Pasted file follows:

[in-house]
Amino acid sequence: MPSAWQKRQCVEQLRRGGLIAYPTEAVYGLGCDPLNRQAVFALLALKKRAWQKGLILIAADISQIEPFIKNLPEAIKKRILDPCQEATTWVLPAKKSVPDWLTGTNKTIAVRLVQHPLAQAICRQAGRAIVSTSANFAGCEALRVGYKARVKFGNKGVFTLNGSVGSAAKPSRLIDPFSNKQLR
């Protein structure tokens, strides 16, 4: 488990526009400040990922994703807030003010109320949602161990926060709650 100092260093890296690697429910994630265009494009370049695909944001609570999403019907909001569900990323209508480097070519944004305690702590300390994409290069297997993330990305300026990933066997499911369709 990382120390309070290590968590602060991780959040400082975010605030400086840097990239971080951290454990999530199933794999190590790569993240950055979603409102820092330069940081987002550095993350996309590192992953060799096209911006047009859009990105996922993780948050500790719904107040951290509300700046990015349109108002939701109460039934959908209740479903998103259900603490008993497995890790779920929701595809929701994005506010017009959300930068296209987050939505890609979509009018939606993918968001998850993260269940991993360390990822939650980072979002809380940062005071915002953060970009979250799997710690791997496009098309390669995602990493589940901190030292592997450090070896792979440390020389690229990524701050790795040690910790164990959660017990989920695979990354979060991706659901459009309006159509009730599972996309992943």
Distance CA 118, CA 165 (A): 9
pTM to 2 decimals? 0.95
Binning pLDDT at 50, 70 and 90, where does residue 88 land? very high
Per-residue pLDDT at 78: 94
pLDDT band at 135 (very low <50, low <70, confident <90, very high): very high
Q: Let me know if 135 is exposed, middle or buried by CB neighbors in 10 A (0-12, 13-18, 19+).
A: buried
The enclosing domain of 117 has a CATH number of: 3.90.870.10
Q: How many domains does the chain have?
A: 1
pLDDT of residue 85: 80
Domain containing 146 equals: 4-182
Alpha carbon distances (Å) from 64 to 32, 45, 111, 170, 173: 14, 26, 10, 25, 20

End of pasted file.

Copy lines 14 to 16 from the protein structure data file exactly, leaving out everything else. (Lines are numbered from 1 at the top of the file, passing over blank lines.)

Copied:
pLDDT of residue 85: 80
Domain containing 146 equals: 4-182
Alpha carbon distances (Å) from 64 to 32, 45, 111, 170, 173: 14, 26, 10, 25, 20